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Compliance: Technology Transfer

Landmark Law Helped Universities Lead the Way

According to the Association of University Technology Managers (AUTM), "the Bayh-Dole Act fundamentally changed the nation’s system of technology transfer by enabling universities to retain title to inventions and take the lead in patenting and licensing groundbreaking discoveries.

Enacted on December 12, 1980, the Bayh-Dole Act (P.L. 96-517, Patent and Trademark Act Amendments of 1980) created a uniform patent policy among the many federal agencies that fund research, enabling small businesses and non-profit organizations, including universities, to retain title to inventions made under federally-funded research programs.This legislation was co-sponsored by Senators Birch Bayh of Indiana and Robert Dole of Kansas.The Bayh-Dole Act was especially instrumental in encouraging universities to participate in technology transfer activities.

The Act is "perhaps the most inspired piece of legislation to be enacted in America over the past half-century," according to The Economist. "Innovation's Golden Goose," an opinion piece published in the Dec. 12, 2002, edition the respected publication, states: "Together with amendments in 1984 and augmentation in 1986, this unlocked all the inventions and discoveries that had been made in laboratories throughout the United States with the help of taxpayers' money. More than anything, this single policy measure helped to reverse America's precipitous slide into industrial irrelevance."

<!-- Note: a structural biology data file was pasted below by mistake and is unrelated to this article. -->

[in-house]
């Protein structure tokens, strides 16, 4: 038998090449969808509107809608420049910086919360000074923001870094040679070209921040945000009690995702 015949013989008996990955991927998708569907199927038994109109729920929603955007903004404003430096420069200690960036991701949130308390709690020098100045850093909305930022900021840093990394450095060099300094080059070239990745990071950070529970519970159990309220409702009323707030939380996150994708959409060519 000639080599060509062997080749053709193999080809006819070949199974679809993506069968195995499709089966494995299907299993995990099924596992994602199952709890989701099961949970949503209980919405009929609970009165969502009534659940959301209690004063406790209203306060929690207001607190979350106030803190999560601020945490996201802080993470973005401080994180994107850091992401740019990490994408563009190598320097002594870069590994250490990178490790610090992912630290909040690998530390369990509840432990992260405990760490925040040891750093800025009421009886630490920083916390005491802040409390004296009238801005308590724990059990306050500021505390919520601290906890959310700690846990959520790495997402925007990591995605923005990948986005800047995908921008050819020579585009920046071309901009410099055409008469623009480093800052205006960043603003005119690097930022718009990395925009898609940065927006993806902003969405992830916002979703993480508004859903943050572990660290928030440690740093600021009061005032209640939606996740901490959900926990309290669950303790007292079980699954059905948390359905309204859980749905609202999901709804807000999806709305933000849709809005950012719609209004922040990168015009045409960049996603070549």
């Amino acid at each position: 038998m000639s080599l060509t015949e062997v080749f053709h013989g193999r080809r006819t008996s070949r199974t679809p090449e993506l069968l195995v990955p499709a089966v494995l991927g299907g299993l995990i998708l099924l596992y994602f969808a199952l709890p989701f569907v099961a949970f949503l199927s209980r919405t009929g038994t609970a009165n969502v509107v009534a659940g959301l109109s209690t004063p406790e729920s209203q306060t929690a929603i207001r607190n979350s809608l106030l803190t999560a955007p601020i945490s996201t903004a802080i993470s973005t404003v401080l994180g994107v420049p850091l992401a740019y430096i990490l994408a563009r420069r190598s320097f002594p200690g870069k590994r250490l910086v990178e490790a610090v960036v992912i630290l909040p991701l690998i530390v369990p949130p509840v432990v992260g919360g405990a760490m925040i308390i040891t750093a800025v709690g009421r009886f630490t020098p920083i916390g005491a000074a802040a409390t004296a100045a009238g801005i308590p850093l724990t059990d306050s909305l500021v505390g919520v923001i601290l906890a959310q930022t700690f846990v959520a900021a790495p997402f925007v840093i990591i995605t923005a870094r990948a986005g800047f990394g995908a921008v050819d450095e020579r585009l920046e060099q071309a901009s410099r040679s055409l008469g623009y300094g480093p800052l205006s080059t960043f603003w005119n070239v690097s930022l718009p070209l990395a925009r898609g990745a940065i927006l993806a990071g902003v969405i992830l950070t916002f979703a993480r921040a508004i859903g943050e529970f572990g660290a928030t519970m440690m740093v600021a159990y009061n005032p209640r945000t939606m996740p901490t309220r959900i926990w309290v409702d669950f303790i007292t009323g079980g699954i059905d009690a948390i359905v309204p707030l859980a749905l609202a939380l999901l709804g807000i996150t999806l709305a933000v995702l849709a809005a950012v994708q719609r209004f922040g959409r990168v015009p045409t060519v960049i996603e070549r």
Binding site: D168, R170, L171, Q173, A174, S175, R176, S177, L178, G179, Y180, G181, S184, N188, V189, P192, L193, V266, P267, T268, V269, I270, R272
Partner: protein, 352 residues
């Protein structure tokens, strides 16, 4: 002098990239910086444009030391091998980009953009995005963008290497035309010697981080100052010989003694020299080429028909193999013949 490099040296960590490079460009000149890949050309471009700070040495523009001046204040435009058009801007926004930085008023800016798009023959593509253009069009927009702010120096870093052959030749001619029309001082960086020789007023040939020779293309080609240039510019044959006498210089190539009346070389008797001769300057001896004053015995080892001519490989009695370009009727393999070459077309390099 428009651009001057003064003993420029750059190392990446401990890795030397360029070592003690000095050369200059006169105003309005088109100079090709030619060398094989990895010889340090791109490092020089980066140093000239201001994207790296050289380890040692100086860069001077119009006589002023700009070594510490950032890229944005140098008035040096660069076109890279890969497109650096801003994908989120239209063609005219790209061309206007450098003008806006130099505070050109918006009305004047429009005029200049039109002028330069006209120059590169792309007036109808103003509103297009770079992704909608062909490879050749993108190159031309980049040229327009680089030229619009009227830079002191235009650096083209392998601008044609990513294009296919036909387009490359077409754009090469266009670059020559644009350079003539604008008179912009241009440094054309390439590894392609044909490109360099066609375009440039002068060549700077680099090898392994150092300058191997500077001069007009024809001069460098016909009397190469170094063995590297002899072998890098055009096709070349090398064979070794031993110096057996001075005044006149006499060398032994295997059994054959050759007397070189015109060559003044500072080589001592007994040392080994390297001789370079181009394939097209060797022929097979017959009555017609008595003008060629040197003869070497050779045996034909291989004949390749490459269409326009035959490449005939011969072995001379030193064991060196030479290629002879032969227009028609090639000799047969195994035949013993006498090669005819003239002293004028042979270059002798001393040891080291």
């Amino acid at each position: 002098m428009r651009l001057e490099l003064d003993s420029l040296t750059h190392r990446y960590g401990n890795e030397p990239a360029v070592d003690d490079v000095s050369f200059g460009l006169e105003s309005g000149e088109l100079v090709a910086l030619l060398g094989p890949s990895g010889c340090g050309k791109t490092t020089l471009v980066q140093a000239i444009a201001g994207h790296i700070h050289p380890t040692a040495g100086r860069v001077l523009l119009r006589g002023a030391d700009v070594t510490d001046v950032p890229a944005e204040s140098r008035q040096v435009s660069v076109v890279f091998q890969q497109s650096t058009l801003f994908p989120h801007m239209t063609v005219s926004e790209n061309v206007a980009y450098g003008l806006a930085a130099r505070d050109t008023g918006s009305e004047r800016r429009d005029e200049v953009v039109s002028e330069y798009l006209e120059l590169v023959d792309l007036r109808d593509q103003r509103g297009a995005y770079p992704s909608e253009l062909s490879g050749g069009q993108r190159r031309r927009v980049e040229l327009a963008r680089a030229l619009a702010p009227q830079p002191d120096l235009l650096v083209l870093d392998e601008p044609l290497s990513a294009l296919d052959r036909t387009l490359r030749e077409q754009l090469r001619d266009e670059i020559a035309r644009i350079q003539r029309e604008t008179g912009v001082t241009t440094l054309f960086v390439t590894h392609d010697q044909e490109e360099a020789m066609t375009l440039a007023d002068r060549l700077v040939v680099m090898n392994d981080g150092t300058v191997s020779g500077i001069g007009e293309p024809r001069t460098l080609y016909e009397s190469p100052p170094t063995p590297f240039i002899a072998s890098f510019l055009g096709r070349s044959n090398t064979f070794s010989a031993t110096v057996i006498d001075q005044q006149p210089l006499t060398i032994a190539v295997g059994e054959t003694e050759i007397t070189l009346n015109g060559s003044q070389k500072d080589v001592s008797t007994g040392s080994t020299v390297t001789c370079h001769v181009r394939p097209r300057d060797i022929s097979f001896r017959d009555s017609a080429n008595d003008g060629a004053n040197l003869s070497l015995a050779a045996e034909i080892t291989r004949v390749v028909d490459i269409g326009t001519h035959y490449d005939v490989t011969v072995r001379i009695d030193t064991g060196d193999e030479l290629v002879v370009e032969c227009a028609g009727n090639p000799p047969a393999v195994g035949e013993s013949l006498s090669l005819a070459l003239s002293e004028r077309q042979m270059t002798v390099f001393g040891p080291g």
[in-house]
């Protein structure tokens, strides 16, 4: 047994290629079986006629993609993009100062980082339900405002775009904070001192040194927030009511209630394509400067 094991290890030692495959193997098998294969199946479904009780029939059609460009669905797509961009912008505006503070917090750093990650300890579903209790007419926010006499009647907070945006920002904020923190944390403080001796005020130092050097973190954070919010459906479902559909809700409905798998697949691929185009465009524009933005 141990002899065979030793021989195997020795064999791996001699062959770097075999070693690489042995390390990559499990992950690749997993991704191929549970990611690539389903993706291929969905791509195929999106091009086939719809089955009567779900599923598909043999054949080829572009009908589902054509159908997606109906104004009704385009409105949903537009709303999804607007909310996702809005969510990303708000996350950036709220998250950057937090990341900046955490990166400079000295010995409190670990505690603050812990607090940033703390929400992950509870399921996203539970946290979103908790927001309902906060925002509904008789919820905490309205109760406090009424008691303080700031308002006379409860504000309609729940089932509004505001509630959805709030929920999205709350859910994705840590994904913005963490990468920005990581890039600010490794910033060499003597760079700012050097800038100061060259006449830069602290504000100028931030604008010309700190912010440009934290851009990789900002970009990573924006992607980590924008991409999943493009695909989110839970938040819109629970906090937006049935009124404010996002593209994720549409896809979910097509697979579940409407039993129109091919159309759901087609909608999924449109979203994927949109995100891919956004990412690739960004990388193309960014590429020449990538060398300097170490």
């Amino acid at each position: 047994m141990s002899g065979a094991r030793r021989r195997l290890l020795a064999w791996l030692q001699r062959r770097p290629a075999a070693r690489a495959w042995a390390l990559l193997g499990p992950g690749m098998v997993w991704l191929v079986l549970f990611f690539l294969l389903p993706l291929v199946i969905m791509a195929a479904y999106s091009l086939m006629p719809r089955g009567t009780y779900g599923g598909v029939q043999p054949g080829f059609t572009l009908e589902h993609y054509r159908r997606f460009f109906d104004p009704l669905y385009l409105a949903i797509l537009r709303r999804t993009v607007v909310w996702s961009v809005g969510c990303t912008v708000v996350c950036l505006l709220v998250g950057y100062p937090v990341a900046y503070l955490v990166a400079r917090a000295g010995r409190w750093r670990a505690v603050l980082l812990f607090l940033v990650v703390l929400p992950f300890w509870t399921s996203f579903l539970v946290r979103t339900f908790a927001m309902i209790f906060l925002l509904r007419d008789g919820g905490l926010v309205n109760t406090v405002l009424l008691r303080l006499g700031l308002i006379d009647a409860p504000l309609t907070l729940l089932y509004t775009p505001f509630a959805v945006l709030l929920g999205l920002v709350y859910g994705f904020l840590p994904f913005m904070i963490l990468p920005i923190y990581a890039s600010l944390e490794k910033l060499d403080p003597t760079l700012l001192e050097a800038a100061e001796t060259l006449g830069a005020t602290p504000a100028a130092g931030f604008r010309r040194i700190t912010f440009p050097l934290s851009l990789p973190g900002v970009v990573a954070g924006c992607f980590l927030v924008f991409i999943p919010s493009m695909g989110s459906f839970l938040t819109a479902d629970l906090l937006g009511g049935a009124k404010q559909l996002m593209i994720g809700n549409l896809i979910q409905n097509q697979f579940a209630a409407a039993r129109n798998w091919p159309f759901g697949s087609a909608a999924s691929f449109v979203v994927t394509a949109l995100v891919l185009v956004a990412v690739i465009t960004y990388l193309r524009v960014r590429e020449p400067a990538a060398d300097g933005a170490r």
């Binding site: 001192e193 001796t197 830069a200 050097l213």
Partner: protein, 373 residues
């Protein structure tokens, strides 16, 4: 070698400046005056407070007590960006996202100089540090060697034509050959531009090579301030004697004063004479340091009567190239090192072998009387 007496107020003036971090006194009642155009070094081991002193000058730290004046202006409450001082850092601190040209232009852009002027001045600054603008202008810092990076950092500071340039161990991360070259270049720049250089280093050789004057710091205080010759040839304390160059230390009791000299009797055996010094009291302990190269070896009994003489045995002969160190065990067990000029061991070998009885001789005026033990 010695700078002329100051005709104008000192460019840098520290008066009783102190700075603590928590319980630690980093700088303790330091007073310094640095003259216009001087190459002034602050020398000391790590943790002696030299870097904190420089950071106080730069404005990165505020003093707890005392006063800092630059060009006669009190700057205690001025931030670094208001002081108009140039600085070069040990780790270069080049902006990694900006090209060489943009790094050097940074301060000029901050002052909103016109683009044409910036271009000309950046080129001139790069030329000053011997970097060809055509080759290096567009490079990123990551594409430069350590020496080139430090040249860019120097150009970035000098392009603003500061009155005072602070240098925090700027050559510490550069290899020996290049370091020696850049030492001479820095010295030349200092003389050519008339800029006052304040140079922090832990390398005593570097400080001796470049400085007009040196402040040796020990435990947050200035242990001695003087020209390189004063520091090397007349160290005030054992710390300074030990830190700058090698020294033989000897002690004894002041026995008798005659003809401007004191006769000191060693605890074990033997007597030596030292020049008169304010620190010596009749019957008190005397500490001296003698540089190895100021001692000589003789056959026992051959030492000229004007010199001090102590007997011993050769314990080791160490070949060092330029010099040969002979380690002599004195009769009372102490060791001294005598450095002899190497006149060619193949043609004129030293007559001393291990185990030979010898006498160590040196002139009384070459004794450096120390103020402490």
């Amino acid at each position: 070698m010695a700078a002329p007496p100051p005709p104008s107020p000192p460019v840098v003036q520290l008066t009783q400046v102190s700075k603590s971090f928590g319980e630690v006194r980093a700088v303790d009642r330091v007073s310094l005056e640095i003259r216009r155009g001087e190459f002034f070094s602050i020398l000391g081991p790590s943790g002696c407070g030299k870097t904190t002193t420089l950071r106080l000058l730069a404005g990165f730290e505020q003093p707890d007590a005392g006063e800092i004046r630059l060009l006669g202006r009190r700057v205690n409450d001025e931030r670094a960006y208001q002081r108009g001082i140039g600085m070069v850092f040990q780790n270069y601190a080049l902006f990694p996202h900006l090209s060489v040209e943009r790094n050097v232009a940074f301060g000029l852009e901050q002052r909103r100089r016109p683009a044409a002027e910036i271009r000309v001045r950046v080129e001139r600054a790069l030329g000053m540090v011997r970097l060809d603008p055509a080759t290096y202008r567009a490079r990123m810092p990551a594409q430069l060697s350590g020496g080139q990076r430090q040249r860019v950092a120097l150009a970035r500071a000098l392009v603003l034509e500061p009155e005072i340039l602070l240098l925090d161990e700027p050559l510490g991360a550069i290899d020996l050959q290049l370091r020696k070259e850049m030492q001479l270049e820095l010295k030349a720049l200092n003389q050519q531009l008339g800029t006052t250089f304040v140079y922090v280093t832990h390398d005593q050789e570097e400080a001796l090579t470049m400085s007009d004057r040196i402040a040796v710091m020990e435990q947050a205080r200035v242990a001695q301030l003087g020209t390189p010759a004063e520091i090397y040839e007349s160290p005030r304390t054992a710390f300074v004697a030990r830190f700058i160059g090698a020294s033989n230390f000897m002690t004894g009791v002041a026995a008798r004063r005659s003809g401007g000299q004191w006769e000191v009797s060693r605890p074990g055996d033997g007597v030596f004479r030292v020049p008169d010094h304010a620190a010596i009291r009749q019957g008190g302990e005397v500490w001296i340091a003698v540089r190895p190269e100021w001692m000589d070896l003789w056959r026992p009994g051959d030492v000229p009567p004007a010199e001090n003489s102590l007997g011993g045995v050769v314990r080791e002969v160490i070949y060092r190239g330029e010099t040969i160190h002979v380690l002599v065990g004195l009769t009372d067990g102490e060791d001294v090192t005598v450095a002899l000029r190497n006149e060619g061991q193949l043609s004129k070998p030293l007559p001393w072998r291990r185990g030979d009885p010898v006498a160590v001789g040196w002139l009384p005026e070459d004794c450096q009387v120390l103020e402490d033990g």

Major provisions of the Act include:

  • Non-profits, including universities, and small businesses may elect to retain title to innovations developed under federally-funded research programs

  • Universities are encouraged to collaborate with commercial concerns to promote the utilization of inventions arising from federal funding

  • Universities are expected to file patents on inventions they elect to own

  • Universities are expected to give licensing preference to small businesses

  • The government retains a non-exclusive license to practice the patent throughout the world

  • The government retains march-in rights.

Title 37 - Patents, Trademarks and Copyrights (Code of Federal Regulations) (PDF 2.27MB)

Bayh-Dole Talking Points (provided by the Association of University Technology Managers)